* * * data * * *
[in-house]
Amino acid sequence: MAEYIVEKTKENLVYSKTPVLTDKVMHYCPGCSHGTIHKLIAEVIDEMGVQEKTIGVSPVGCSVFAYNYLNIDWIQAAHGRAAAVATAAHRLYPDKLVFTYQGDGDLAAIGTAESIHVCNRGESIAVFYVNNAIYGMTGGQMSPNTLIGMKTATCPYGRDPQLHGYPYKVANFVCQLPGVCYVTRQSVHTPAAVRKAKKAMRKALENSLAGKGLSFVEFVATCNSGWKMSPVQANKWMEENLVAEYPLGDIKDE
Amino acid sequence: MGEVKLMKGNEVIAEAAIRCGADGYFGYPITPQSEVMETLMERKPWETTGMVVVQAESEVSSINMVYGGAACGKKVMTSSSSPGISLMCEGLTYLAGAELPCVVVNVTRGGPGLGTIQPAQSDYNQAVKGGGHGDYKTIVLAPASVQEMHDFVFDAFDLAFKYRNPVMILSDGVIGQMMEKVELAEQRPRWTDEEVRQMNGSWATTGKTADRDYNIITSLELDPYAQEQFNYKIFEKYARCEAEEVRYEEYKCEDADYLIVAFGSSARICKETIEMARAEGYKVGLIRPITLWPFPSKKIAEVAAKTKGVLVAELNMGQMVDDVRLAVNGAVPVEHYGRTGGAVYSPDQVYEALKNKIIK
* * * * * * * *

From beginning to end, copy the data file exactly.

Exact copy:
[in-house]
Amino acid sequence: MAEYIVEKTKENLVYSKTPVLTDKVMHYCPGCSHGTIHKLIAEVIDEMGVQEKTIGVSPVGCSVFAYNYLNIDWIQAAHGRAAAVATAAHRLYPDKLVFTYQGDGDLAAIGTAESIHVCNRGESIAVFYVNNAIYGMTGGQMSPNTLIGMKTATCPYGRDPQLHGYPYKVANFVCQLPGVCYVTRQSVHTPAAVRKAKKAMRKALENSLAGKGLSFVEFVATCNSGWKMSPVQANKWMEENLVAEYPLGDIKDE
Amino acid sequence: MGEVKLMKGNEVIAEAAIRCGADGYFGYPITPQSEVMETLMERKPWETTGMVVVQAESEVSSINMVYGGAACGKKVMTSSSSPGISLMCEGLTYLAGAELPCVVVNVTRGGPGLGTIQPAQSDYNQAVKGGGHGDYKTIVLAPASVQEMHDFVFDAFDLAFKYRNPVMILSDGVIGQMMEKVELAEQRPRWTDEEVRQMNGSWATTGKTADRDYNIITSLELDPYAQEQFNYKIFEKYARCEAEEVRYEEYKCEDADYLIVAFGSSARICKETIEMARAEGYKVGLIRPITLWPFPSKKIAEVAAKTKGVLVAELNMGQMVDDVRLAVNGAVPVEHYGRTGGAVYSPDQVYEALKNKIIK